“We love our country, that is where the heart is. But the question is, why are we not returning at this time? Al-Shabab controls most areas. I am from Jilib town and they are the ones controlling it. Should I surrender to them and let them do anything they like? That will not happen.”

Father-of-seven Ahmed Yussuf said Ruto’s threat was “unrealistic” and “can’t happen.”

“Moving 400,000 people within three months is impossible,” he added.

If forced returns did happen, “I fear for my children, especially my sons,” Yussuf said.

“They will join either the government forces or al-Shabab. They will start killing people and their future will be devastated. I worked hard to make sure they study so that they help themselves and also move us out of this poverty. I am sure if we go back that bright future will not be there.”

A move like this only serves to reinforce xenophobic mentalities

But for Abdi Abdulahi, who has lived in Dadaab since he was four, Ruto’s words made sense. 

“What the deputy president said is right. Enough is enough. Let us go back and build our country instead of begging for food. It’s time we farm or do business instead of waiting for 3 kilograms of maize for 15 days.

“Refugee life is useless. For how long can we be called refugee? I have dreamt of going back for a long time but my parents would not let me. Now the time has come,” he told IRIN.

Refugees International, an advocacy group based in Washington, told IRIN that if Ruto’s plan was translated into action, it would be illegal under international conventions as well as Kenya’s own constitution.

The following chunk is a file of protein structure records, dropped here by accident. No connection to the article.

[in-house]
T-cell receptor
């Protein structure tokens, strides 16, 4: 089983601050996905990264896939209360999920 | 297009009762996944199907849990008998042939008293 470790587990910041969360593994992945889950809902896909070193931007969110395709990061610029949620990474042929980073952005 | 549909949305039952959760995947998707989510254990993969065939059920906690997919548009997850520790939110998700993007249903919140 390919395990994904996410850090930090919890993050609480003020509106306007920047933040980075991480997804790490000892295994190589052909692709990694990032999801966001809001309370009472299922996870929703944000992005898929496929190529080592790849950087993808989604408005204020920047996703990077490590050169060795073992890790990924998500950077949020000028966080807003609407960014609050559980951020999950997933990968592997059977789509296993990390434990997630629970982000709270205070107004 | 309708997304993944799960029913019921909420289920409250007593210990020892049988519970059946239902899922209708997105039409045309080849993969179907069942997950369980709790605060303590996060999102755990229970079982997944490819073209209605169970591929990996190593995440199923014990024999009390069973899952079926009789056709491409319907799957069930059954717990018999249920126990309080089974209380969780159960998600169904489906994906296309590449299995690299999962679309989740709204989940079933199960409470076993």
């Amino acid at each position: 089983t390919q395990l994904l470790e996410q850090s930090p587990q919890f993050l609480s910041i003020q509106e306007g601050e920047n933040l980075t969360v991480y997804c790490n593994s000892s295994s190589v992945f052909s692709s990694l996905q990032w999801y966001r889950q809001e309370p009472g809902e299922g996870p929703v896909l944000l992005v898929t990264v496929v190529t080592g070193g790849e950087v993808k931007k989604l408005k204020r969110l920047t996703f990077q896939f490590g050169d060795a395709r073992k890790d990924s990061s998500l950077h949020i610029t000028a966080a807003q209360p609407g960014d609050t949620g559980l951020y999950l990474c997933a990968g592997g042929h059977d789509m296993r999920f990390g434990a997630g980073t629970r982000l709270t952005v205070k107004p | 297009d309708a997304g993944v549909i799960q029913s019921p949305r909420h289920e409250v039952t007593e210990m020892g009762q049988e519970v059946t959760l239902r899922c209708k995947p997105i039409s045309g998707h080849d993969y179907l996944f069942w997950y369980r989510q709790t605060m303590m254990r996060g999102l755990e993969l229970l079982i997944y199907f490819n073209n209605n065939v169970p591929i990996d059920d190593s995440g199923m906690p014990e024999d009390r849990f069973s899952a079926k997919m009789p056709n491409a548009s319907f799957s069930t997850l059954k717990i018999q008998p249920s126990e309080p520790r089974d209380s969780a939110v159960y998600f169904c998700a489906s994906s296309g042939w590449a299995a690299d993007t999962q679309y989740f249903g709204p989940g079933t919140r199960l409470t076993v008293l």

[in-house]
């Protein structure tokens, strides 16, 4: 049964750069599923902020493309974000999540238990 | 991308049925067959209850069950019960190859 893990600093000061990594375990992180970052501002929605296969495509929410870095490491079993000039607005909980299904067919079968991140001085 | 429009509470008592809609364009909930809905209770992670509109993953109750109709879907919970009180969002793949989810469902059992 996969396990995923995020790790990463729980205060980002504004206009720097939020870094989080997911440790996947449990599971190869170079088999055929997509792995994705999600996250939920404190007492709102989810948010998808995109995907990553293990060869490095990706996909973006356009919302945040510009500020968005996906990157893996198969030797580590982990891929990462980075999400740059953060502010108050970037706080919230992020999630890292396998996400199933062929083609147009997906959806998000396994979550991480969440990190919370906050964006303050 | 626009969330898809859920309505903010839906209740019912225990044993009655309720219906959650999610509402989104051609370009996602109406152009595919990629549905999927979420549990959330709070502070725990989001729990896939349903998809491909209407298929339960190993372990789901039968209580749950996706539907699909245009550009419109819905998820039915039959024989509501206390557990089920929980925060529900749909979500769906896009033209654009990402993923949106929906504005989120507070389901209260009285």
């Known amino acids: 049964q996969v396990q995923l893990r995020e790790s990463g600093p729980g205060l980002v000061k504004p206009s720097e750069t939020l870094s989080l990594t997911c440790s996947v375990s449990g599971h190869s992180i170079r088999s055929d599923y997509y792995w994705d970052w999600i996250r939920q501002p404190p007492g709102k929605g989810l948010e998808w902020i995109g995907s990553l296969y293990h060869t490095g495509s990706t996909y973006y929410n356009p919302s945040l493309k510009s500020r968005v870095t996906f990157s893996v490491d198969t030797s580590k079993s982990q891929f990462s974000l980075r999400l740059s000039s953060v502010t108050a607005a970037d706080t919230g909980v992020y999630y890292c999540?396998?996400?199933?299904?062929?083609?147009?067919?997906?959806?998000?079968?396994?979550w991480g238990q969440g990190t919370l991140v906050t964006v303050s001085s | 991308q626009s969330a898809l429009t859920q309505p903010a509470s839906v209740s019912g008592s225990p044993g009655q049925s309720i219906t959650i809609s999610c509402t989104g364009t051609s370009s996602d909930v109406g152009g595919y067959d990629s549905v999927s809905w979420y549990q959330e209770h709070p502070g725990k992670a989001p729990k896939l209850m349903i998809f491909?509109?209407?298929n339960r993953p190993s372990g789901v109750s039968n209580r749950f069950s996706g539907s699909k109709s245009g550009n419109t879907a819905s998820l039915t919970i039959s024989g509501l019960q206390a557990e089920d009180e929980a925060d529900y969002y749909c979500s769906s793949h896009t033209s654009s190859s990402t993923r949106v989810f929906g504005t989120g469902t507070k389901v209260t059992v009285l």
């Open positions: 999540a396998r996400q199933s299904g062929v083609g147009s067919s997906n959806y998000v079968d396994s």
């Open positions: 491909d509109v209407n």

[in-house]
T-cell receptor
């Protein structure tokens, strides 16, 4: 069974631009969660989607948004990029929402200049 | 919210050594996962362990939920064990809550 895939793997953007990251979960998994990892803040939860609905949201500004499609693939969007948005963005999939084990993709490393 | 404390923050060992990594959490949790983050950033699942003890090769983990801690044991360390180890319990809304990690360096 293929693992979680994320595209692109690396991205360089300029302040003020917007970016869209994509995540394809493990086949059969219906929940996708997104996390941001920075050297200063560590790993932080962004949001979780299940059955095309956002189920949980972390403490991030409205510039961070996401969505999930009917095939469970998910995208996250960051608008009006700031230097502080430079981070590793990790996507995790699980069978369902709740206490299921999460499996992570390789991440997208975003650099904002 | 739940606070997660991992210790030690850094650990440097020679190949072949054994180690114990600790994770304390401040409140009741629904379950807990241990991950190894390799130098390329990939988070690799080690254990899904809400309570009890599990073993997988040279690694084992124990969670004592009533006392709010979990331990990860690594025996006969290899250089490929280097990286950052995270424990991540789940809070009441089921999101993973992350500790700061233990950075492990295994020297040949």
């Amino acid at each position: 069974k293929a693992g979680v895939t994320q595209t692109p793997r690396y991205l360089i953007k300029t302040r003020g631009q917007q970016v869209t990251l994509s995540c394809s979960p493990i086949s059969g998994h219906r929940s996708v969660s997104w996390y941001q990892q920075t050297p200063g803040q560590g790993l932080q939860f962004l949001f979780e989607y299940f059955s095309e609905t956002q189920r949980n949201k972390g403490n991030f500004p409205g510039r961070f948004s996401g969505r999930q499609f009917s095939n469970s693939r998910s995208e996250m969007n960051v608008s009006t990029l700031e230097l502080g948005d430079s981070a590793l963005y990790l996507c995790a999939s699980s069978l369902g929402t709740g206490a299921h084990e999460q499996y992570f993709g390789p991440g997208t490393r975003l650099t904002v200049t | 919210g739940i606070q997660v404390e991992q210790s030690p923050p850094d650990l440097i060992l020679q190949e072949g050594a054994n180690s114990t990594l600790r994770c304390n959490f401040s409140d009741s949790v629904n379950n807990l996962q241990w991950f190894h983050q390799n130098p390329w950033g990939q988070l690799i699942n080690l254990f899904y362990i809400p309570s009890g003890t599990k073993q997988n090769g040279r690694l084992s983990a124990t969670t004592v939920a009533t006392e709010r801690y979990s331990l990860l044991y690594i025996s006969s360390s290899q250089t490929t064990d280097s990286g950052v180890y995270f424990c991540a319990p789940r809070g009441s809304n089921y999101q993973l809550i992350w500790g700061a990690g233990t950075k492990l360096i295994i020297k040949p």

(In January, Kenya's high court ruled that elements of new security legislation which capped the number of refugees in Kenya at 150,000 violated the constitution. )

Senior Advocate Mark Yarnell said that although the lack of official communication could mean the deportation threat was not real, “it’s extremely worrying” to hear it from such a senior person as the deputy president. Previous calls for sending Somali refugees back have come from MPs.

“It’s politically expedient to blame the refugee population and for the government to try to show they are doing something in response to the attack,” Yarnell said.

The government, and especially top security officials, has been widely criticized for the many hours’ delay in deploying a crack anti-terrorist police unit to the scene of the shootings in Garissa.

“What’s unfortunate is that a move like this only serves to reinforce xenophobic mentalities and further enforce divisions,” said Yarnell.

Mindful of this danger, some Kenyan MPs have turned on Ruto for threatening to close Dadaab.

The Parliamentary Caucus on Human Rights described the deputy president’s speech as an “an arbitrary roadside chest-thumping declaration” and said it should be rescinded.

Previous backlashes

After a spate of bombings attributed to al-Shabab last year, Kenyan authorities arrested thousands of ethnic Somalis and deported several dozen who were found to be in Kenya illegally.

The actions of the police were roundly condemned by local and international human rights organisations.

And in 2012, then president Mwai Kibaki cited the threat of insecurity to justify proposing closing Dadaab and repatriating the refugees there back to Somalia.